Data from NASA satellites shows that both the Greenland and Antarctic ice sheets are melting faster, and making them a bigger contributor to sea level rise.

The most recent study is being published in Geophysical Research Letters. It combines data from several satellites to measure the rates of mass loss (as opposed to extent) over a two decade period. The results showed the ice is melting even faster than the computer models had predicted.

Other studies have pointed to worrying signs that the ice sheets are melting faster than first thought. In January, a team at the Cryospheric Processes laboratory at the City College of New York found that the melting index for the Greenland ice sheets had broken the previous record, set in 2007.

The current study found that in 2006, the ice sheets from both regions lost a combined 475 billion metric tons a year, or about 518 cubic kilometers of ice. NASA says it is enough to raise sea levels by 1.3 millimeters in a year.

The loss rate was also found to be increasing. In each year of the study, Greenland and Antarctica lost an average of 36.3 billion metric tons more than the year before. Data from that same year looking at the ice caps (such as the glaciers in Iceland or Svalbard) and mountain glaciers showed a loss of 402 billion metric tons per year. While the loss rate is accelerating there also, it is only one-third as fast as the ice sheets. (The polar ice cap, which rests on the ocean, does not contribute to sea level rise).

In a statement lead author Eric Rignot, of NASA's Jet Propulsion Laboratory, Pasadena, Calif., and the University of California, Irvine, noted that ice sheets have more ice than mountain glaciers, so it isn't surprising that they would contribute more to sea level rise. What is surprising is this increased contribution by the ice sheets is already happening. If present trends continue, sea level is likely to be significantly higher than levels projected by the United Nations Intergovernmental Panel on Climate Change in 2007, he said.

Rignot's team combined nearly two decades of monthly satellite measurements, covering the years 1992 to 2009, with regional atmospheric climate model data to examine changes in ice sheet mass and trends in acceleration of ice loss.

The study compared different measurement techniques. One was radar data from European, Canadian and Japanese satellites and radio echo soundings. That was used to measure the ice leaving the ice sheets. Climate model data was used to figure out how much ice was being added.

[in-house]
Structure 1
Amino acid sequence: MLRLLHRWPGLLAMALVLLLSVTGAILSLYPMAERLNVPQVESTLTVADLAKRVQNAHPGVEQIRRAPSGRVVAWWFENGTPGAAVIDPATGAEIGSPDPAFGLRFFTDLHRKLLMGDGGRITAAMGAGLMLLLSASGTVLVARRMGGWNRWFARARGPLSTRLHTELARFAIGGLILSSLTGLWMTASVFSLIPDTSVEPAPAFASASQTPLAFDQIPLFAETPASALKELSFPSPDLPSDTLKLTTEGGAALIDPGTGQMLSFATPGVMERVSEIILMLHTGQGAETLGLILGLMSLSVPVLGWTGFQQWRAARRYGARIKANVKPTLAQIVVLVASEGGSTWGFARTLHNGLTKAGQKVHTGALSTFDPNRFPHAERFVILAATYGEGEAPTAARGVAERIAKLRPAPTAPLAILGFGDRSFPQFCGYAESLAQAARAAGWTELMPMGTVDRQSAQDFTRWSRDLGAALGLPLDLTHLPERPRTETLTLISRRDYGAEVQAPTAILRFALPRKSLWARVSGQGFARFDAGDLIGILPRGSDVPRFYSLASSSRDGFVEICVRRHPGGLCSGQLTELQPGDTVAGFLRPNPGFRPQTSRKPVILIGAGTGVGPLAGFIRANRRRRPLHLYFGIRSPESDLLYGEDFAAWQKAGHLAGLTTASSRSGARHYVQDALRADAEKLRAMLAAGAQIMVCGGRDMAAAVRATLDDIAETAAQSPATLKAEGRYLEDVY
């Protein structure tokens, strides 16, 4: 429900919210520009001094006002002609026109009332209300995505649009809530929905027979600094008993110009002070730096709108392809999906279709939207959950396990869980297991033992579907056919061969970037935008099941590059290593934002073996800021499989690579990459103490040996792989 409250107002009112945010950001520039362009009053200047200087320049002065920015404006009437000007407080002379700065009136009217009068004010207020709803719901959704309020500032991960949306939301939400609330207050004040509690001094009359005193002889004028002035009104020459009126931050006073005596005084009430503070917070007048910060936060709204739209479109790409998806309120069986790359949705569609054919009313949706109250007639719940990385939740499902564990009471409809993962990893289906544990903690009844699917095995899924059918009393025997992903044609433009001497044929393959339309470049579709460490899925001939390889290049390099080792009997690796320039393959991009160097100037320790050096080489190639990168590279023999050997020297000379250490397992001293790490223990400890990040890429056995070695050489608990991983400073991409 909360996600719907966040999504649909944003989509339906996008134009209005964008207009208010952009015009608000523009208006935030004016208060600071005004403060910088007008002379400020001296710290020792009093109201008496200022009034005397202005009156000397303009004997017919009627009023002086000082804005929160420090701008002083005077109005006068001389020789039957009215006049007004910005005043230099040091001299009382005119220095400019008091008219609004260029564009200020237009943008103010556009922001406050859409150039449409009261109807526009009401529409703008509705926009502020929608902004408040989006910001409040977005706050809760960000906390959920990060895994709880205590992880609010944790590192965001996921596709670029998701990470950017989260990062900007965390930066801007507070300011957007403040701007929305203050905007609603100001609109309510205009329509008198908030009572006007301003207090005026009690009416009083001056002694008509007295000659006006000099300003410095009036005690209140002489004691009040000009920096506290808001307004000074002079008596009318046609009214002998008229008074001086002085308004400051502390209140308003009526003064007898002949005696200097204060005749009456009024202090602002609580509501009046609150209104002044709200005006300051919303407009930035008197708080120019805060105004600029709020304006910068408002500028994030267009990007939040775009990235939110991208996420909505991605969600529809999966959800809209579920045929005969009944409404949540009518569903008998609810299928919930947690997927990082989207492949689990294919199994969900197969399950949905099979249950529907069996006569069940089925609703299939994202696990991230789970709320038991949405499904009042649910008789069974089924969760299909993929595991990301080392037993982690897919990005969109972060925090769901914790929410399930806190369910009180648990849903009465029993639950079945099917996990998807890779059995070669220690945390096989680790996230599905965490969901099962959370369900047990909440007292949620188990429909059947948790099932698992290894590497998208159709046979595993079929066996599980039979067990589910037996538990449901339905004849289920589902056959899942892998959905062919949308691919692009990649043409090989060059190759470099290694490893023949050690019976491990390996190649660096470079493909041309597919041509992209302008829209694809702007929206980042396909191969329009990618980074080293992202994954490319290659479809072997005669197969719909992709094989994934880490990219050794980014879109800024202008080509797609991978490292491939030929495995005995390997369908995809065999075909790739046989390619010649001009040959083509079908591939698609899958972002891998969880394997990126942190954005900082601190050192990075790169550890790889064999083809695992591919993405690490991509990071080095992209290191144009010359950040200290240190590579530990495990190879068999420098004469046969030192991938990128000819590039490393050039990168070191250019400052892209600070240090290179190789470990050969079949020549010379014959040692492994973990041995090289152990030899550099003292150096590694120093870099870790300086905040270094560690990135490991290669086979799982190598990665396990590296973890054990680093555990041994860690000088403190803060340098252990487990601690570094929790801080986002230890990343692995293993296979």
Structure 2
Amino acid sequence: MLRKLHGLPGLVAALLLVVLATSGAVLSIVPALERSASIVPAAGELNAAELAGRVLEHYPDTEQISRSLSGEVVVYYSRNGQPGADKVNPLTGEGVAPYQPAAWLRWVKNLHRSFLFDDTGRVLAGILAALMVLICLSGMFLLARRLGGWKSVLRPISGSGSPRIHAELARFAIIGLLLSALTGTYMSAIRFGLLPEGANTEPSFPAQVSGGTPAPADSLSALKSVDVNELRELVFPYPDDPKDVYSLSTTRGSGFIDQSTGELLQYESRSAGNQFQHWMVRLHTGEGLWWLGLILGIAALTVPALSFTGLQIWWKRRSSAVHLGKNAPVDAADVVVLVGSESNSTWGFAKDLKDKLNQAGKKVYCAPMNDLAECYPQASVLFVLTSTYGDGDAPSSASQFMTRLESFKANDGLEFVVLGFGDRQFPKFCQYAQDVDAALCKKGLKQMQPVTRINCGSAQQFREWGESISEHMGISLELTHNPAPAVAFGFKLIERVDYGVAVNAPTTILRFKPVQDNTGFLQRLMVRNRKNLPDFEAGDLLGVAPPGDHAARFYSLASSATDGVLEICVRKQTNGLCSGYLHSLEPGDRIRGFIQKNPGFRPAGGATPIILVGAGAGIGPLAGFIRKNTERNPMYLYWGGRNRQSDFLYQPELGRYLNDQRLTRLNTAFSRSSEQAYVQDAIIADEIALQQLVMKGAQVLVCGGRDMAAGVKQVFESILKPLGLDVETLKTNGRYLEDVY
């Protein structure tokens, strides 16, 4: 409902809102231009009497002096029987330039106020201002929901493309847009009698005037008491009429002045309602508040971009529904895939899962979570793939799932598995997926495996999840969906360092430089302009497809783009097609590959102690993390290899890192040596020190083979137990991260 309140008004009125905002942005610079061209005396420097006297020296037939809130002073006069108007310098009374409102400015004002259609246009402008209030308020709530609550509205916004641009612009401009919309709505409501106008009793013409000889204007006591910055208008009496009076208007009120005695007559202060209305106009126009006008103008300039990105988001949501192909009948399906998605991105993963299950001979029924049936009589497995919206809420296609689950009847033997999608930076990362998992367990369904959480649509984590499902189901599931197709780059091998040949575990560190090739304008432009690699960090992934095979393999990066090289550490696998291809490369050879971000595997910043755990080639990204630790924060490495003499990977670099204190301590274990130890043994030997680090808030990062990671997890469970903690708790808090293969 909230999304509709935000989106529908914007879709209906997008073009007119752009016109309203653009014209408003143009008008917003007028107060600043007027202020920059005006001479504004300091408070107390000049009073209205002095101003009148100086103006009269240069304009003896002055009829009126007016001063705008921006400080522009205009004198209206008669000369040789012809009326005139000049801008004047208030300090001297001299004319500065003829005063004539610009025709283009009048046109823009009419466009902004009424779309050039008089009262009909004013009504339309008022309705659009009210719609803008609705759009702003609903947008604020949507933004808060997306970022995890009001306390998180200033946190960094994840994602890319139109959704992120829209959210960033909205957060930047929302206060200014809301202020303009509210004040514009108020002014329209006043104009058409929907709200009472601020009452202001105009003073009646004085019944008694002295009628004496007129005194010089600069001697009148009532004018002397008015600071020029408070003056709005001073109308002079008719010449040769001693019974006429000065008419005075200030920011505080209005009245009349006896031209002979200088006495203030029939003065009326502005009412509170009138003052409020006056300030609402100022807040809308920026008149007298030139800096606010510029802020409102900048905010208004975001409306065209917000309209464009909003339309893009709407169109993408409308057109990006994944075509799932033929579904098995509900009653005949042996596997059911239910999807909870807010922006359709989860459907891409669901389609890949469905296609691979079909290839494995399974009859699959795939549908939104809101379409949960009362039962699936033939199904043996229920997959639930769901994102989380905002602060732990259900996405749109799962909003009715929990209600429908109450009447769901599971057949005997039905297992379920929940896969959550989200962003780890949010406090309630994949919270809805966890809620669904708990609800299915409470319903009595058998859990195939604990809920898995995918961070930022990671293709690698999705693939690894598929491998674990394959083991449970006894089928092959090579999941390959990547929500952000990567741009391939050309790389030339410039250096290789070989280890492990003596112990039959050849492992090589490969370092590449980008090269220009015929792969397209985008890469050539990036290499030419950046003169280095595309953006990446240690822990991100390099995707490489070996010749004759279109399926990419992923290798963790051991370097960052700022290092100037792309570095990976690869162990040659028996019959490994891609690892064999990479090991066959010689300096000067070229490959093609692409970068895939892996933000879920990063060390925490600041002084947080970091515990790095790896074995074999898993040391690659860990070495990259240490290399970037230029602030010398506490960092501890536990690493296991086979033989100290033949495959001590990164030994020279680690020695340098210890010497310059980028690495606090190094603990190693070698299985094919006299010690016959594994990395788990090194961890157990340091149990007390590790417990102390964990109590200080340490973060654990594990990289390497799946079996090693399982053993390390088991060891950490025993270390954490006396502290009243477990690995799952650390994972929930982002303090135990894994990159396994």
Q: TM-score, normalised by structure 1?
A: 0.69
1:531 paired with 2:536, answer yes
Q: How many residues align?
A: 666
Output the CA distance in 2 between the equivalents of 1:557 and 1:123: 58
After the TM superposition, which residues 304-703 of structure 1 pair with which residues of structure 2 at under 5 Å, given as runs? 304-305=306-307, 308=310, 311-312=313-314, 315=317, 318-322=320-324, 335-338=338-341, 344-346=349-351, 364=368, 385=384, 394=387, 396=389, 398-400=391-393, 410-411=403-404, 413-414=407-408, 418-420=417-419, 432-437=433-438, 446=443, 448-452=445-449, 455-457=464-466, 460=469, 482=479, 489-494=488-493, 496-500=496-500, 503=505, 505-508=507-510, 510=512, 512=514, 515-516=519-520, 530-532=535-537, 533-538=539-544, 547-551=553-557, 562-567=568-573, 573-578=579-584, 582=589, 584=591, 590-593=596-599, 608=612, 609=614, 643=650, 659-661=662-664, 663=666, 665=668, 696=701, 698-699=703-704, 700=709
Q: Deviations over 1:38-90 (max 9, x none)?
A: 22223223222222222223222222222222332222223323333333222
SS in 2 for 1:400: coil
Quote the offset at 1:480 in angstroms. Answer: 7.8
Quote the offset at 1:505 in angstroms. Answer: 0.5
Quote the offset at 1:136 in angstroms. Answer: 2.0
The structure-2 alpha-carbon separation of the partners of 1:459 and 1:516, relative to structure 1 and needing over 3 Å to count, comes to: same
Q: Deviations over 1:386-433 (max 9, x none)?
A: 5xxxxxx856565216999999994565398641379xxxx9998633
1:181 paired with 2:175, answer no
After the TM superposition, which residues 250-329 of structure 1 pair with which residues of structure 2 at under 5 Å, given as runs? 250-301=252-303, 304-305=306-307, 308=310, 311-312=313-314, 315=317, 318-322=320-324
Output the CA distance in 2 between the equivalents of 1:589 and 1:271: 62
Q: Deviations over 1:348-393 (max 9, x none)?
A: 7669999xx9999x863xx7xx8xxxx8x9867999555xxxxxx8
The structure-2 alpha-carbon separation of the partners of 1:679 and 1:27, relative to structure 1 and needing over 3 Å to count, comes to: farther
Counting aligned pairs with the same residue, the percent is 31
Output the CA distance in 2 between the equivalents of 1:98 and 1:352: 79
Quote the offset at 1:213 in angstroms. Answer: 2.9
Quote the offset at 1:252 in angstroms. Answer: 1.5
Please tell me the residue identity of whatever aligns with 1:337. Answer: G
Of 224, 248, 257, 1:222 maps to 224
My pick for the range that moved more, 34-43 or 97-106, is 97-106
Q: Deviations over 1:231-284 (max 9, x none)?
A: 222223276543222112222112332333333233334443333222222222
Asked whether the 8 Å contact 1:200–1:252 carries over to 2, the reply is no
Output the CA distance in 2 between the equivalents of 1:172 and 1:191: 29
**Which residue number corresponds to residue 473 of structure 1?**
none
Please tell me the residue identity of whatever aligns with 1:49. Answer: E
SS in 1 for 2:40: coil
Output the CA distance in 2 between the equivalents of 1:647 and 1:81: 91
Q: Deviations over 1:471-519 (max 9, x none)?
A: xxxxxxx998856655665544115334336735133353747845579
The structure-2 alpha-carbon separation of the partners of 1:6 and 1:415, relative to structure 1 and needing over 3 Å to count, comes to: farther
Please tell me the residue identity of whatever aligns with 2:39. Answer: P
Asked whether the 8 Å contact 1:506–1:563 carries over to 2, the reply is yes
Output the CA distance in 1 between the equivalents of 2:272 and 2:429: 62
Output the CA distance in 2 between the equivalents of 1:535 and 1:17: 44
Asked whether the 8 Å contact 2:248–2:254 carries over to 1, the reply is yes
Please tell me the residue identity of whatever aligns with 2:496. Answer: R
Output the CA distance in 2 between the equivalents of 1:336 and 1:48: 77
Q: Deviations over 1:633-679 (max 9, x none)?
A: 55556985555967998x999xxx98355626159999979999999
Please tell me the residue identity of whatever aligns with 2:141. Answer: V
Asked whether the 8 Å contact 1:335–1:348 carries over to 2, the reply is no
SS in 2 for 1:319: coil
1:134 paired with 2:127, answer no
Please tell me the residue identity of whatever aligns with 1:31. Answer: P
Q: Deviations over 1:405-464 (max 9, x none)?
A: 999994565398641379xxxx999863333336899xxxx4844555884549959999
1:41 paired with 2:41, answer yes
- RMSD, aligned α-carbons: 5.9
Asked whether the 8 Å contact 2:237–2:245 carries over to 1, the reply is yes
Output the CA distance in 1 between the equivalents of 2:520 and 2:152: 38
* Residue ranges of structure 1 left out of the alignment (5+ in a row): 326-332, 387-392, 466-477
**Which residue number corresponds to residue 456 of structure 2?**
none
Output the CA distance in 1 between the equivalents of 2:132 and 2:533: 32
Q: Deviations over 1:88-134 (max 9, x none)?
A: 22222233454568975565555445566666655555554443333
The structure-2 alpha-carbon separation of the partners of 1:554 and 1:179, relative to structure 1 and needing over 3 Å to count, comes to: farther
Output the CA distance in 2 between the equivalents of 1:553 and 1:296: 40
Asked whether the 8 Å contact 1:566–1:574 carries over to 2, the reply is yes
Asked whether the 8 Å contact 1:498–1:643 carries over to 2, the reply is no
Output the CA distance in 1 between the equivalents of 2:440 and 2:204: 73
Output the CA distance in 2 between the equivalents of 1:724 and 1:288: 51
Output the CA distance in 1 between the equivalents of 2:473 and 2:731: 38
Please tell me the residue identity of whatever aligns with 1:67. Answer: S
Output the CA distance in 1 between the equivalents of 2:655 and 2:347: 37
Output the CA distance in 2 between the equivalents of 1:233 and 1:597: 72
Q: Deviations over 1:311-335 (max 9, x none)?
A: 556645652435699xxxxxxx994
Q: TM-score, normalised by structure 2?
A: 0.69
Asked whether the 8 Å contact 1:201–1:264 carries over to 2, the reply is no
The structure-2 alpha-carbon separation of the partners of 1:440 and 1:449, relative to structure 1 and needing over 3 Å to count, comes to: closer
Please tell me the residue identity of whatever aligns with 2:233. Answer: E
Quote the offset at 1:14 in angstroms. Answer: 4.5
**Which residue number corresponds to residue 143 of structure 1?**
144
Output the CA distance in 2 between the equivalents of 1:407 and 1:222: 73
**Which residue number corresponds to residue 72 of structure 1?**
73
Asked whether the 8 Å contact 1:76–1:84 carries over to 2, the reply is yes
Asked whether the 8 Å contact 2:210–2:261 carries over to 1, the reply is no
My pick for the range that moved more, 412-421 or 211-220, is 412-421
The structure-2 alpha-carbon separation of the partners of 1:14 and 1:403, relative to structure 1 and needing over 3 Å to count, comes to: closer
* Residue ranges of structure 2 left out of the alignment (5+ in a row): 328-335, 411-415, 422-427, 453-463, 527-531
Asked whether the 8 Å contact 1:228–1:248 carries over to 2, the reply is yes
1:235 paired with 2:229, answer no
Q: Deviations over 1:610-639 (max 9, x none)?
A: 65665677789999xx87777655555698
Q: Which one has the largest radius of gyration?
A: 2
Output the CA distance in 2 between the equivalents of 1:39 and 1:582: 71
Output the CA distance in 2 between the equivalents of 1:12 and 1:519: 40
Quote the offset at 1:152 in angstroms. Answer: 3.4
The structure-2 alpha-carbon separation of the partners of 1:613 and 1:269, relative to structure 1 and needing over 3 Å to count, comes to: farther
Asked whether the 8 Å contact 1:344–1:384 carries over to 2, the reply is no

Another technique used eight years of data from the Gravity Recovery and Climate Experiment (Grace) satellites, operated by NASA and the German Aerospace Center. They track changes in Earth's gravity field resulting from alterations in Earth's mass distribution, including ice movement.

The team found that the different ways of measuring ice loss were in agreement over the eight-year period in which the data overlaps. That told them that the data was valid and helped establish a record of ice mass changes since 1992.

They found that each year, the Greenland ice sheet lost mass faster than it did the year before, by an average of 21.9 billion tons a year over an 18-year period. In Antarctica, the year-over-year speedup in ice mass lost averaged 14.5 billion tons.

These are two totally independent techniques, so it is a major achievement that the results agree so well. It demonstrates the tremendous progress that's being made in estimating how much ice the ice sheets are gaining and losing, and in analyzing Grace's time-variable gravity data, said co-author Isabella Velicogna, also with JPL and UC Irvine, in a statement.

The authors conclude that if the ice sheets keep melting at the same rate for the next 40 years, sea level will rise by about by 15 centimeters (5.9 inches) by 2050. When this is added to the predicted sea level contribution of 8 centimeters (3.1 inches) from ice caps and 9 centimeters (3.5 inches) from ocean thermal expansion, total sea level rise could reach 32 centimeters (12.6 inches).

Such rises are not large, but Rinot notes that even a small increase can add up. Remember this is only out to about 2100, he said. The sea level rise doesn't stop then.,, For some of these Pacific island nations a meter is the difference between being there and not.

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